Green Gamification is a concept that combines game elements (gamification) with environmental and sustainable goals (green). It's an approach aimed at engaging people in ecologically responsible behaviors through the use of playful and motivational elements.
Gamification is a strategy that draws from the psychology of games and applies game mechanics, such as points, levels, challenges, and rewards, to non-game contexts to encourage engagement and the adoption of specific behaviors. In Green Gamification, these playful elements are used to promote environmentally sustainable behaviors and conservation of the environment.
For instance, an application could be developed that allows users to earn points or levels by completing low-impact environmental actions such as recycling, energy-saving, or using public transportation. These points could then be exchanged for tangible or digital rewards, creating an incentive to continue participating in sustainable behaviors.
The main goal of Green Gamification is to make the commitment to environmental sustainability fun and exciting, encouraging people to take small steps that, when added together, can have a significant impact on the environment.
However, it's important for Green Gamification to be designed ethically and authentically, avoiding the exploitation of sustainability for purely commercial purposes without a genuine commitment to the environmental cause, as seen in "greenwashing" practices. Green Gamification programs are initiatives that combine game elements with sustainable behaviors to promote environmental awareness and encourage eco-friendly actions.
While the explanation might be straightforward, the process often is not.
As previously mentioned, gamification is not a one-size-fits-all solution, and understanding what will work for your company can be challenging. However, this doesn't mean it's unachievable, and environmental goals are likely suitable for gamification initiatives because they can be broken down into discrete objectives that can still have a significant impact.
Need some inspiration? Here are some examples of companies using gamification to contribute to the planet.
The German software giant, SAP, is using gamification to reduce car emissions and expenses related to company cars. They have developed and released an app, TwoGo, which companies can use to encourage their employees to carpool. Carpoolers can earn points, track their friends' progress, and donate the saved money through the initiative to charities of their choice. Since SAP internally launched the initiative, 20,000 employees have participated, benefiting SAP, its employees, and the environment. A win-win for all.
What can we learn?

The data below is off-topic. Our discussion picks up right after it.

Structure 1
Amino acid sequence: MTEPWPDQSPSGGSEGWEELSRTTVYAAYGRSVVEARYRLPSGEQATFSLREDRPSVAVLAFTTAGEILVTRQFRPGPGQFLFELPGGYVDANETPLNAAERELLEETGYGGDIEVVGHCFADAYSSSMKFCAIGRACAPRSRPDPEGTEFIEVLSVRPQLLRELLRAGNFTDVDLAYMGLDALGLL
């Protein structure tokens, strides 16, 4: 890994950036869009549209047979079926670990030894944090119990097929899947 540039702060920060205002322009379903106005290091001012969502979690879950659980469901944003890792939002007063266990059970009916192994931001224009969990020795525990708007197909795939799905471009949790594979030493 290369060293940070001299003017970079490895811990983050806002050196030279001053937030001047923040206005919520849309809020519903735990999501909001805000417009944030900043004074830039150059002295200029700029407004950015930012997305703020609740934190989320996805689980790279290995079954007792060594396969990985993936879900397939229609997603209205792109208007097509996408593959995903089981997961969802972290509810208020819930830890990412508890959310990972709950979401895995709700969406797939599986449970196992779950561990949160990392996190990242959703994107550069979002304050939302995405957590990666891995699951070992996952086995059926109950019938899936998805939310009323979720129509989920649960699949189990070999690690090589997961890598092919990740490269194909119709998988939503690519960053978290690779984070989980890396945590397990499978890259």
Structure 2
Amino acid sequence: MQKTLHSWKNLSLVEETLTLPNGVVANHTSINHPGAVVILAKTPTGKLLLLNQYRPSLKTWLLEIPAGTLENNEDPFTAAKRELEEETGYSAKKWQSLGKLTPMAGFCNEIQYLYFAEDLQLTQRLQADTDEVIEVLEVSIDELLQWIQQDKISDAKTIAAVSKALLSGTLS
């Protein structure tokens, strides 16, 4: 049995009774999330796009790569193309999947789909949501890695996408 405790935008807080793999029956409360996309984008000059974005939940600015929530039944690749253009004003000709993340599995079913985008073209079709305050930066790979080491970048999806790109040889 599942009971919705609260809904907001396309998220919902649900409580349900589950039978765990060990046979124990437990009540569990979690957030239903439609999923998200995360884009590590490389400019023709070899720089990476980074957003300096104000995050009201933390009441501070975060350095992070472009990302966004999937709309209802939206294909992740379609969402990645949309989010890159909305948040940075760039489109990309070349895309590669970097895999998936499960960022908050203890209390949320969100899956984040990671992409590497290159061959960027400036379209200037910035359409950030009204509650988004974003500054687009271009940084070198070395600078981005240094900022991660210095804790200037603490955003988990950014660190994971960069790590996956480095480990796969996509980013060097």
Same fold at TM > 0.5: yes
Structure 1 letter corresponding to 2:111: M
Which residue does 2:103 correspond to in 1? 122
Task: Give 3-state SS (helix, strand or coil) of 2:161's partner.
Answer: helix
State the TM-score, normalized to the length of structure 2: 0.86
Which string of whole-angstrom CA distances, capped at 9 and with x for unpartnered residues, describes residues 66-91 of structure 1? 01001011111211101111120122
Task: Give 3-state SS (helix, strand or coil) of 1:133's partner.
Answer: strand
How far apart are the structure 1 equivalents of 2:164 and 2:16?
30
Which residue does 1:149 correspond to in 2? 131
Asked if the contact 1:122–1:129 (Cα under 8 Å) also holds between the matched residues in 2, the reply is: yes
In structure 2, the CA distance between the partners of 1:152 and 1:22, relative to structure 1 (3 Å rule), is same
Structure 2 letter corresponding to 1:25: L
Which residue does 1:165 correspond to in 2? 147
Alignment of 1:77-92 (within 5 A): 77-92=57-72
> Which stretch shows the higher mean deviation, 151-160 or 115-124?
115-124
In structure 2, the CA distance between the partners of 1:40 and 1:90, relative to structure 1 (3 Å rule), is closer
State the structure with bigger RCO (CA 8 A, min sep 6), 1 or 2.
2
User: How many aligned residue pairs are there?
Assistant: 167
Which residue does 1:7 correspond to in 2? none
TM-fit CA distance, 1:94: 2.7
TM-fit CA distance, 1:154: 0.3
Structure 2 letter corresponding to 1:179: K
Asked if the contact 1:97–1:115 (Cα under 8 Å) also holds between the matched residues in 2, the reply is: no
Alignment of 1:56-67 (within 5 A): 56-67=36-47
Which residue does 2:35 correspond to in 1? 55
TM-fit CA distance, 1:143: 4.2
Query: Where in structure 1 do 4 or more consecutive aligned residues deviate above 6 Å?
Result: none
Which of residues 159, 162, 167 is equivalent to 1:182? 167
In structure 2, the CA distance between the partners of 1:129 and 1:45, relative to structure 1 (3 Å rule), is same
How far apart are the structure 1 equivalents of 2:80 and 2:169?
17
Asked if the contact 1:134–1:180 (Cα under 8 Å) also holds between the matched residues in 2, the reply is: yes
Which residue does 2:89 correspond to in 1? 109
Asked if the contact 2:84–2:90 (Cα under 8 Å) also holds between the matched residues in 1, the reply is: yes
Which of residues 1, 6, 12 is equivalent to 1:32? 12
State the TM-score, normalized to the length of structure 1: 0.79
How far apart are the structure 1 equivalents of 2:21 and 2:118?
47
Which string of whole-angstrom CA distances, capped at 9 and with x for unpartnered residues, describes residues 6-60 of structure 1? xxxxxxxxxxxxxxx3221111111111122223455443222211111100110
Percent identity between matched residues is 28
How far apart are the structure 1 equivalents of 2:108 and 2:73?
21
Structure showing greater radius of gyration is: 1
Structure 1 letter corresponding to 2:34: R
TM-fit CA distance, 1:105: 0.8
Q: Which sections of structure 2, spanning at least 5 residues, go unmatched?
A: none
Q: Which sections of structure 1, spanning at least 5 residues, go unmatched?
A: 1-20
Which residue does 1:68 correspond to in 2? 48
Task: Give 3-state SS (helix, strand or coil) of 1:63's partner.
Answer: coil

SAP states that a key aspect of the initiative's success is its social element. Users are matched based on common interests, and the app is marketed to employees not only as an ecological initiative but also as a way to make friends and network. Connecting social, financial, and environmental benefits helps keep employees engaged and participating in gamification efforts.
Toyota's range of hybrid cars, such as the Prius, uses game mechanics to encourage users to drive more energy-efficiently. In addition to the usual speed and fuel gauges, the Prius displays an energy monitoring screen showing how many miles have been traveled since the last tank refill. The number increases or decreases based on the driver's actions, providing immediate feedback. If you heavily accelerate, you'll see your score drop. This strategy seems to have worked, pushing drivers to beat their previous "high score" every time they use the vehicle.
What can we learn?
Feedback is crucial. By providing immediate and consistent feedback on how driving habits impact both savings and the environment, Toyota ensures that these considerations are never far from drivers' minds. Not all companies produce products suited to Toyota's particular approach, but useful and consistent feedback is a key aspect of any gamification effort.
Citibank is using internal initiatives to enhance employee well-being while reducing the company's environmental impact. Their Step Up initiative encourages more activity and less energy consumption by urging employees to take the stairs. Participants track how many flights of stairs they climb and how many steps they take, and this data is then compared with other Citibank branches worldwide. Overall, staff members took a whopping 8.3 million steps during the latest challenge. Meanwhile, Citi's Drink Up challenge encourages employees to stay hydrated by refilling water bottles, resulting in an average number of plastic bottles the company has avoided using. The company estimates that they've saved around 70,000 plastic bottles this way.
What can we learn?
Gamification doesn't need to be complex to succeed. Citibank's employee initiatives encourage individual, small-scale actions that, when accumulated, have a significant impact.
These are just a few examples of how gamification can be used to promote eco-friendly behaviors. The goal is to make the adoption of more sustainable habits enjoyable and rewarding, thus encouraging positive change aligned with the need for more eco-friendly solutions.
E-Business Consulting, a marketing agency active since 2003, can guide your company in implementing strategic green gamification projects and contribute to educating people about respecting the surrounding environment.